Crimson Trace

April 21, 2017

CMP Range Officer Takes Up Precision Rifle Series Style Shooting

Our feature today is from the Civilian Marksmanship Program.

TALLADEGA, Ala. – John Brown, 41, of Springville, Ala., gets to do what many shooting enthusiasts wish they could – wake up each morning and spend his days on the range. Serving as a range officer at the Civilian Marksmanship Program's (CMP) Talladega Marksmanship Park, John has taken a lifelong hobby and has turned it into a career.

"A lot of people like to go play golf – I go out there," said John as he pointed to the ranges outside of the Talladega clubhouse. "That's always been my favorite thing to do, and I get to come here and do my favorite thing every day."

Though John has always enjoyed rifle shooting, he found himself searching for more of a challenge on the firing line beyond the normal shooting routine. He wanted to try different stances, more difficult shots – something that kept him on his toes. Then, he found precision rifle shooting.

The Precision Rifle Series (PRS) was created in 2012 as a championship style point series race between some of the best precision marksmen around the country. Competitors fire anywhere from 300 to 1,200 yards, timed and in specially arranged stages – featuring practical, real-world field conditions with improvised barricades and obstacles.

Since it began, PRS popularity has quickly grown, now with 15-20 major and national-level matches. Scores from each competitor are accumulated throughout the year – giving the rifle series a building excitement and added determination to each event. With the grueling and unique marksmanship skills it demands, PRS has come to be recognized as the major league of sniper-style rifle matches.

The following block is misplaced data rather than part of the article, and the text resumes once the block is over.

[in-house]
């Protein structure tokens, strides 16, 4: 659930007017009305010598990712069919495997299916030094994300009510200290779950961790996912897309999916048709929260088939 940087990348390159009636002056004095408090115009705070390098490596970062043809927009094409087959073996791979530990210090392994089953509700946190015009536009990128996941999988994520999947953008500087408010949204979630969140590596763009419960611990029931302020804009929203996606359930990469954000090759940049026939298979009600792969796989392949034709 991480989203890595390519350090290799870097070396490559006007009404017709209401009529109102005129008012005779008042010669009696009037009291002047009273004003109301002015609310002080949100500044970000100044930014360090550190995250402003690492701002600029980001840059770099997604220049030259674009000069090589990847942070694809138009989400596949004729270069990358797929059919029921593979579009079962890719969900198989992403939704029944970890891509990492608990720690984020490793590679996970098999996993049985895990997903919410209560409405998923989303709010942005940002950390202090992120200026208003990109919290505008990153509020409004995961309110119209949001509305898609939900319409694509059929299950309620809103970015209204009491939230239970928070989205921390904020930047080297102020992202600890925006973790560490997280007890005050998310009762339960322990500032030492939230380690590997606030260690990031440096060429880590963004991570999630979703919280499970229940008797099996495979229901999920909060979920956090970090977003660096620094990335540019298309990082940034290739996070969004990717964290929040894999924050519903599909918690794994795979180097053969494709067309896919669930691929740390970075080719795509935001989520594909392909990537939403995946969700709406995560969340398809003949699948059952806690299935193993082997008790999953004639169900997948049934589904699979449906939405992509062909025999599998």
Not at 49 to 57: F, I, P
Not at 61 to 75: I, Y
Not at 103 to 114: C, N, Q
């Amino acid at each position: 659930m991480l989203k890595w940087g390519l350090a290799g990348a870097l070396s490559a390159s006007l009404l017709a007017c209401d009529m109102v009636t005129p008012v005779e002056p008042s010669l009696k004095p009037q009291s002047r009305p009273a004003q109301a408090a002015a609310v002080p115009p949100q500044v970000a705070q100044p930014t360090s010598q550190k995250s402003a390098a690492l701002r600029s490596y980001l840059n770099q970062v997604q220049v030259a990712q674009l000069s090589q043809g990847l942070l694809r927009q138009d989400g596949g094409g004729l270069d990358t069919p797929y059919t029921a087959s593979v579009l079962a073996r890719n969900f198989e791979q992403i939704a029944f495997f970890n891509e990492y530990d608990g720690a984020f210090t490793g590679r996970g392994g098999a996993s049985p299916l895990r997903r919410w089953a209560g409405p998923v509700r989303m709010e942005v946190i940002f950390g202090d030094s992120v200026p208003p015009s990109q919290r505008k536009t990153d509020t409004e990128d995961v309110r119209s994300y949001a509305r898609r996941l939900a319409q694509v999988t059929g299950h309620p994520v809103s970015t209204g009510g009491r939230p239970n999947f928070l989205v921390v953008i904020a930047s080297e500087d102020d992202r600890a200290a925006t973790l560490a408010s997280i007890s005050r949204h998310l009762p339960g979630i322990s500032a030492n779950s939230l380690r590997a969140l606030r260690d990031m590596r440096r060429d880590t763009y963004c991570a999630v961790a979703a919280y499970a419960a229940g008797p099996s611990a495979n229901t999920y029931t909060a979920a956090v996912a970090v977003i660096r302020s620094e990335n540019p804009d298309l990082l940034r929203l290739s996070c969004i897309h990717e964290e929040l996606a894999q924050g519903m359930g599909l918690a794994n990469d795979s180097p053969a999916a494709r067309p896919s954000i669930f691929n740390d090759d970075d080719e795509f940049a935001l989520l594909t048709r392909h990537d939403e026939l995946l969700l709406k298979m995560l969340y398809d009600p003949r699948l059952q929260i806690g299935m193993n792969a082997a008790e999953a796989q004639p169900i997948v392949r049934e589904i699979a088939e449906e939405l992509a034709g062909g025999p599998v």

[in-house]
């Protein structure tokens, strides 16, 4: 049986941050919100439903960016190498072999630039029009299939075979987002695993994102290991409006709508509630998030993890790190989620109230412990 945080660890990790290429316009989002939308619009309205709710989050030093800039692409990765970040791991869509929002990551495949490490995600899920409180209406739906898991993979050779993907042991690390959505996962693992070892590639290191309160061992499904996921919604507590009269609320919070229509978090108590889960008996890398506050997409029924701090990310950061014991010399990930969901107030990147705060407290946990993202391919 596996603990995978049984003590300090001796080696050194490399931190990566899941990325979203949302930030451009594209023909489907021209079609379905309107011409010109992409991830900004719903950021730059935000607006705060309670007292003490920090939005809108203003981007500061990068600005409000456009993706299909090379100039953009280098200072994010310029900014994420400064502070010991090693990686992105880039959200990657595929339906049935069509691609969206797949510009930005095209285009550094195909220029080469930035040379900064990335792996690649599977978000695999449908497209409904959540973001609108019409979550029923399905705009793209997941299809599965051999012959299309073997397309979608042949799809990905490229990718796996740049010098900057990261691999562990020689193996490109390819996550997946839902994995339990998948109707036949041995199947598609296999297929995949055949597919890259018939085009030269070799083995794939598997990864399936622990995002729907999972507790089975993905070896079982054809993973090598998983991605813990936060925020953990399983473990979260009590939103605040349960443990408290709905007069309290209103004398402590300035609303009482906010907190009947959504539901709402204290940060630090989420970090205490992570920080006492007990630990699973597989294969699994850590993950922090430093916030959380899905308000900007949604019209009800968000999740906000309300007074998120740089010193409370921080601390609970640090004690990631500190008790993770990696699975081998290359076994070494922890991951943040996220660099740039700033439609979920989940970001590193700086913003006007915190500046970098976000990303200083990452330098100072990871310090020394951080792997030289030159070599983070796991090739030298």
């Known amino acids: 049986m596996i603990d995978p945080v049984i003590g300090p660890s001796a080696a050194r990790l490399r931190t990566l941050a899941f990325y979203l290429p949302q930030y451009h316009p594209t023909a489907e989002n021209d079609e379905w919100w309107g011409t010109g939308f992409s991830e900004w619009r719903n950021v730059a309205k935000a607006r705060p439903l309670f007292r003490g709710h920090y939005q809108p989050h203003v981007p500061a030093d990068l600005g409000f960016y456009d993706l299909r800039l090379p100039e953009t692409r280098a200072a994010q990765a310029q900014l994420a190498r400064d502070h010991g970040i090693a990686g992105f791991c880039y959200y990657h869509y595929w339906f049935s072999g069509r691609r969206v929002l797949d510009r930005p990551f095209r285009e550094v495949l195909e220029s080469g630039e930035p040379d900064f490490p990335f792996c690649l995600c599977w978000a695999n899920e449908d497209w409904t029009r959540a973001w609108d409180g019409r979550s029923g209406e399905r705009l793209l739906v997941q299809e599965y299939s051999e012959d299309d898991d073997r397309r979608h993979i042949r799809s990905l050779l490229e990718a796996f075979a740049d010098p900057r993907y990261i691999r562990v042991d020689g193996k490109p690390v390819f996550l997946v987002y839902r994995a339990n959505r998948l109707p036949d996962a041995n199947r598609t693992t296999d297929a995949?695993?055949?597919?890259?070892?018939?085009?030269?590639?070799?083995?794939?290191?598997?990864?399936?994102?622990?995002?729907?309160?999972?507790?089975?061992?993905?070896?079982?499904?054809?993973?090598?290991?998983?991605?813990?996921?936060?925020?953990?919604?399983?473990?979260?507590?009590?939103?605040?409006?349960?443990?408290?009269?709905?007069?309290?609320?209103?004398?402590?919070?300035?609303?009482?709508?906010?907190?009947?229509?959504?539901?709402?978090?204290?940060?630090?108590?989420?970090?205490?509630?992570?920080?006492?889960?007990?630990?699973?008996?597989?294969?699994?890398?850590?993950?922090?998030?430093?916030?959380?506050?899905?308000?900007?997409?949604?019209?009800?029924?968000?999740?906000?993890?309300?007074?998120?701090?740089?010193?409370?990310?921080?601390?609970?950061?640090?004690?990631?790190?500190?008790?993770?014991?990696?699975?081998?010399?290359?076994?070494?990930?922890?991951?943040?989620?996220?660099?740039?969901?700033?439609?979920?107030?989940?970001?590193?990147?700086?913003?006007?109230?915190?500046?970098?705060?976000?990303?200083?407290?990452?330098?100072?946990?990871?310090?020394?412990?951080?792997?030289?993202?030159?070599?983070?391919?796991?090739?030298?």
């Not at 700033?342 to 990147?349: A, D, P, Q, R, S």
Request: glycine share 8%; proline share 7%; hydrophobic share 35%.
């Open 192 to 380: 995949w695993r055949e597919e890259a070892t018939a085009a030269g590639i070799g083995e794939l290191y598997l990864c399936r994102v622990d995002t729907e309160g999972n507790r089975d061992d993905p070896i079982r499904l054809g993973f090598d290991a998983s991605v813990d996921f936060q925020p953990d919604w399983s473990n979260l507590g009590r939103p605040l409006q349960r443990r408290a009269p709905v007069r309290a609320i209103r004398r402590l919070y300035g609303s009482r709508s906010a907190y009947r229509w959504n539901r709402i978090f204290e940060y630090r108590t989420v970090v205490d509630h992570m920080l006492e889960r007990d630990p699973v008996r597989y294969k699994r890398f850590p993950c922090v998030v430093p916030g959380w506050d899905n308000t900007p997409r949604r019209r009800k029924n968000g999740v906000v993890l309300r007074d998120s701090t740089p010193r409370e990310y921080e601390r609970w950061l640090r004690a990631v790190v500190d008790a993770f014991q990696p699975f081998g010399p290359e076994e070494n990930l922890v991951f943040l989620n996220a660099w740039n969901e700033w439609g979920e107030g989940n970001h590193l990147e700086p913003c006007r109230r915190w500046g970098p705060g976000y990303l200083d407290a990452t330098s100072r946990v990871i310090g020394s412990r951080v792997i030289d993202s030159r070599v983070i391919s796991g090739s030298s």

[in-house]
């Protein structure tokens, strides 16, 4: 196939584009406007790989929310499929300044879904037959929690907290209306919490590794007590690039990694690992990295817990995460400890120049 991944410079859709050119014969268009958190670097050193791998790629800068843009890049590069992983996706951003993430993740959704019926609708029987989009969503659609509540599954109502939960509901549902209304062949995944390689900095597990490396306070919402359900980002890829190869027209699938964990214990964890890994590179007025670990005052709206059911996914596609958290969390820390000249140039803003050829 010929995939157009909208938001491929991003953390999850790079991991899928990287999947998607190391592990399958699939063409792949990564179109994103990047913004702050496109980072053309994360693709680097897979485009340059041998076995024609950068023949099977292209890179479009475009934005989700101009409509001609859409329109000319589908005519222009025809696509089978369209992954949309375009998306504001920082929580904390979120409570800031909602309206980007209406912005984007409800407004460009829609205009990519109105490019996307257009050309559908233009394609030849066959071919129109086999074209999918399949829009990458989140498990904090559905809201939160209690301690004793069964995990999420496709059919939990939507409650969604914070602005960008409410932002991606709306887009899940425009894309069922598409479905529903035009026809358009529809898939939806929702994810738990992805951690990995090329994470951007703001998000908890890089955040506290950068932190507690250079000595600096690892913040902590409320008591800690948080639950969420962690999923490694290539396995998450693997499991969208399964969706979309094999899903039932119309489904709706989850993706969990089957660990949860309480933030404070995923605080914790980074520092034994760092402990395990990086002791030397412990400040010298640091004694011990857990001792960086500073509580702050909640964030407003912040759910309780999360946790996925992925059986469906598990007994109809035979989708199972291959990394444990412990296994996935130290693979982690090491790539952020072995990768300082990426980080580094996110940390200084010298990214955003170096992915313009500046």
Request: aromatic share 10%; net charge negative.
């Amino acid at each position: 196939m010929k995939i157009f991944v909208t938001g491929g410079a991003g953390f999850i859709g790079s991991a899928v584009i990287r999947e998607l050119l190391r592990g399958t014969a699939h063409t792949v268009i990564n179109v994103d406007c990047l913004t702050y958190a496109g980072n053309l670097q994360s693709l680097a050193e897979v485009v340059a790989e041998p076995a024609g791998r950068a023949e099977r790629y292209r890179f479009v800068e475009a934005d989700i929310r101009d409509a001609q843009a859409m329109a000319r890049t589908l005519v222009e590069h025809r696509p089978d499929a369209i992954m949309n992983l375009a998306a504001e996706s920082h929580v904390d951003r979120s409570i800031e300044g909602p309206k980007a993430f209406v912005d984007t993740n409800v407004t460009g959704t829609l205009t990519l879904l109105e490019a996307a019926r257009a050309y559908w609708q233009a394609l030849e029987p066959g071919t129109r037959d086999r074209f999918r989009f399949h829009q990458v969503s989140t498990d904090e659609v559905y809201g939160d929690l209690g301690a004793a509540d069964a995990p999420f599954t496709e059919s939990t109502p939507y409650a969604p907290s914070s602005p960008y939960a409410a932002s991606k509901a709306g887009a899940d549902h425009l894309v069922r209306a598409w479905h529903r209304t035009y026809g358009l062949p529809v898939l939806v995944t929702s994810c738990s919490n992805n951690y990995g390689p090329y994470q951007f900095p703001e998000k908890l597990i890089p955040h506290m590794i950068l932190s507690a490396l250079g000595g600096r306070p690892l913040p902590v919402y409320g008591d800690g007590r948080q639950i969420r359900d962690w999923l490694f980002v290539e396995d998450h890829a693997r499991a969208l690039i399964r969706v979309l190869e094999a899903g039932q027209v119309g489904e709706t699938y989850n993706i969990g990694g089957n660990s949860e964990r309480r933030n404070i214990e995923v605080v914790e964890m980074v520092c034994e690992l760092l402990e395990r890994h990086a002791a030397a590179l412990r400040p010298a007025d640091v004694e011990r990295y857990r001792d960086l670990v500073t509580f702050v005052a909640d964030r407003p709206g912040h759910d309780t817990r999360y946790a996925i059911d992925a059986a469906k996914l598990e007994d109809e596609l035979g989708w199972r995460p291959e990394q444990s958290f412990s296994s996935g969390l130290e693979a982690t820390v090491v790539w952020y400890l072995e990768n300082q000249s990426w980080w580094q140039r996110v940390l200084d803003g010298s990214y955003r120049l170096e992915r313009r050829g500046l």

"I wanted to get into that type of shooting and was very fortunate enough, when I came here (the CMP), people worked with me to hone things down because I wasn't as good as I thought I was," he said with a laugh. "And if you can't challenge yourself, you're not doing your job."

John has been involved with PRS shooting for less than a year, but has become enormously committed to the sport. He even had a special McRee Precision BR-10 .260 Remington caliber rifle built specifically for the rifle series matches – a piece of equipment that cost him over $8,000.

A few of the CMP South employees at Talladega Marksmanship Park took Brown under their wings and helped him stay focused on improving his skills. He practices on the targets at Talladega, twisting into different stances, from the 600-yard line, working on getting a firm foundation to hit the targets in the distance. With special permission, he's able to rearrange the targets for his training purposes.

"I like the practice of (PRS) – the way you have to find a foundation to shoot off of," he said. "And it's very detailed. I really enjoy it."

Rapidly jumping into the sport, his first competition was the K&M Southeastern Shooters Challenge in Tennessee in November 2016.

"I was expecting to crash and burn," he joked. "Now that I'll be able to go more, I'm hoping not to disappoint anyone – that's my biggest fear. I'm my biggest critic, so if I miss a shot, I'm like, 'Man…' and then I go out and work on it."

In December, he was ranked fifth in the Amateur Division in the Southeastern Precision Rifle Club Association out of 294. He went on to compete in the Alabama Precision Shooter's Challenge in March 2017 and plans to attend the next Shooter's Challenge in June – currently training with a new rifle and a few police department SWAT snipers to prepare for the match.

"I'm pretty serious about it – it's something I enjoy," he said.